Promoting the Manly Art of Scrambling Ears

Damon Runyon

Wilkes-Barre Evening News/February 24, 1926

At 6 A. M. every morning, Mr. Jim Mullen begins meeting the incoming trains at the different Chicago stations, bouncing from one to the other with astonishing rapidity, to greet the wayfaring representatives of the manly art of scrambling ears.

It is claimed for Mr. Jim Mullen that he has a record of having met two trains arriving at identically the same time, and at different stations. I do not quite understand by what process of legerdemain Mr. Mullen accomplished the feat, but I do not doubt it.

Perhaps there are two Mr. Jim Mullens. I feel sure that there must be more than one, because I have never been in Chicago that I did not see a Mr. Jim Mullen, or a Mr. Harry Hochstadter, which really amounts to the same thing. Mr. Mullen and Mr. Harry Hochstadter, who was christened Heine and adopted the Harry to catch the Irish trade, are partners.

They conduct a gymnasium in the Loop which is the headquarters for the visiting firemen in the manly art of scrambling ears. They both have keys to the cash register, but the master key is by mutual agreement in the custody of Mr. Society Hogan, their social secretary, and the register is opened only in the presence of competent witnesses. Thus Mr. Jim Mullen and Mr. Hochstadter get along very well together, and make money.

They are arranging to open a new gymnasium, which will be the largest in the middle West. This is against the coming to Chicago of legalized boxing, when it is expected the city will require extensive quarters for the exponents of the manly art.

For years Mr. Jim Mullen has been the leading pugilistic entrepreneur of these parts – in fact, about the only one. He is the best known and undoubtedly the most capable of the midwestern promoters, and I am inclined to think that when the pulling and hauling ceases around Chicago after the boxing law comes in, Mr. Jim Mullen will be found among the fittest surviving the early struggles.

To begin with, Mr. Jim Mullen knows what it’s all about. He is thoroughly familiar with every angle of the boxing game. He knows every boxer and every manager of any importance in the country. He has extended favors in one form or another to most of them. Few boxers or managers would think of passing through Chicago without pausing to say hello to Jim Mullen.

He is a boxing big leaguer, at heart. He has all the gambling instinct of a Tex Rickard in the matter of making matches, and he is a real showman. Moreover, he has a real interest in the boxing game, aside from any potential profit to himself. He has been keeping the game alive around Chicago for some years by promoting bouts in East Chicago at a financial loss.

His arena is too far from the Loop to draw well, but Mr. Jim Mullen has gone on putting on real shows weekly just the same with the idea of keeping up interest in boxing until the game is legalized. He had much to do with the passing of the law by the last legislature which gives the cities of Illinois local option in the matter of boxing.

Mr. Jim Mullen is thick-set red-faced man with iron gray hair, who looks as if he might have been cut out for a priest. He was formerly an iron worker. I have this on the authority of Mr. Harry Hochstadter, who is a well known sports writer in addition to being Mr. Mullen’s partner.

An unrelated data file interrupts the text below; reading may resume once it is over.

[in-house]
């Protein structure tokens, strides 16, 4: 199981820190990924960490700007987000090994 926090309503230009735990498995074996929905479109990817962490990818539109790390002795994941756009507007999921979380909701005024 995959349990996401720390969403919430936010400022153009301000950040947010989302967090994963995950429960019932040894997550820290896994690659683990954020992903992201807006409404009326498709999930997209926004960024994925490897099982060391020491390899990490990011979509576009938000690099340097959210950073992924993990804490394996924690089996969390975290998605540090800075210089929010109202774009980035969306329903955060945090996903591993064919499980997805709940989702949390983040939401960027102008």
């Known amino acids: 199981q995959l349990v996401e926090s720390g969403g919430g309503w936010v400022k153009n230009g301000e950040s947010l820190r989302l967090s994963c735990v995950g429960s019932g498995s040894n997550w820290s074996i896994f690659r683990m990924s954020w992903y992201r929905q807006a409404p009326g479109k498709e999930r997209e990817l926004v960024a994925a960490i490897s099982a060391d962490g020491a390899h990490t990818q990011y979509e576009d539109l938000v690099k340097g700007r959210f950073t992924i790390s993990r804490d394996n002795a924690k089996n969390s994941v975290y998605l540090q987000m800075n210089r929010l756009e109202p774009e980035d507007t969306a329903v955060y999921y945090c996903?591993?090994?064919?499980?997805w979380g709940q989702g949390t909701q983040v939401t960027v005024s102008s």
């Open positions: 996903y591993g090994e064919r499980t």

Mr. Jim Mullen is either in the late forties, or up in the early fifties. He is always in good humor, even when he sees Mr. Harry Hochstadter bearing down upon the cash register alone. He knows that Mr. Hochstadter must have his own, and the master key.

I presume that Mr. Jim Mullen must sleep somewhere some time, but I often wonder when, and where. He is always around. He certainly does not sleep in the daytime, after the custom of Mr. Nate Lewis, and he cannot sleep at night, because you see him here and there. I am almost convinced that there is more than one Mr. Jim Mullen.

His word is accepted throughout the Manly Art of Scrambling Ears. His telegrams on matches hold as well as written contracts. He has no trouble in getting bouts for his little East Chicago arena, putting on stars who know they cannot get a great deal of money, but who like to favor Mr. John Mullen.

Oddly enough, Mr. Jim Mullen has an even greater weakness than boxing in sport. It is football. He is an out-and-out football bug, especially on Midwestern football which he holds is the best football in the world.

He attends all the football games around Chicago. He followed the Illinois team to Pennsylvania last year, and then remained in the East to see other games. He went back to Chicago convinced that the football of that section is far ahead of the football of the East.

I have an idea that when the boxing bill becomes a law in Chicago, Mr. Jim Mullen will bob up with a big arena, and will be promoting the biggest shows in that city. He is saying very little about the matter now, and does not even admit that he will be in the field. I am informed by others, however, that he is well prepared to do business on a large scale when the time comes.

He will have one tremendous advantage on his competitors in his personal acquaintance among the boxers and the managers, and their confidence in Mr. Jim Mullen’s integrity and ability, although it may surprise you to learn that a man can enjoy a reputation for such in The Art of Scrambling Ears.

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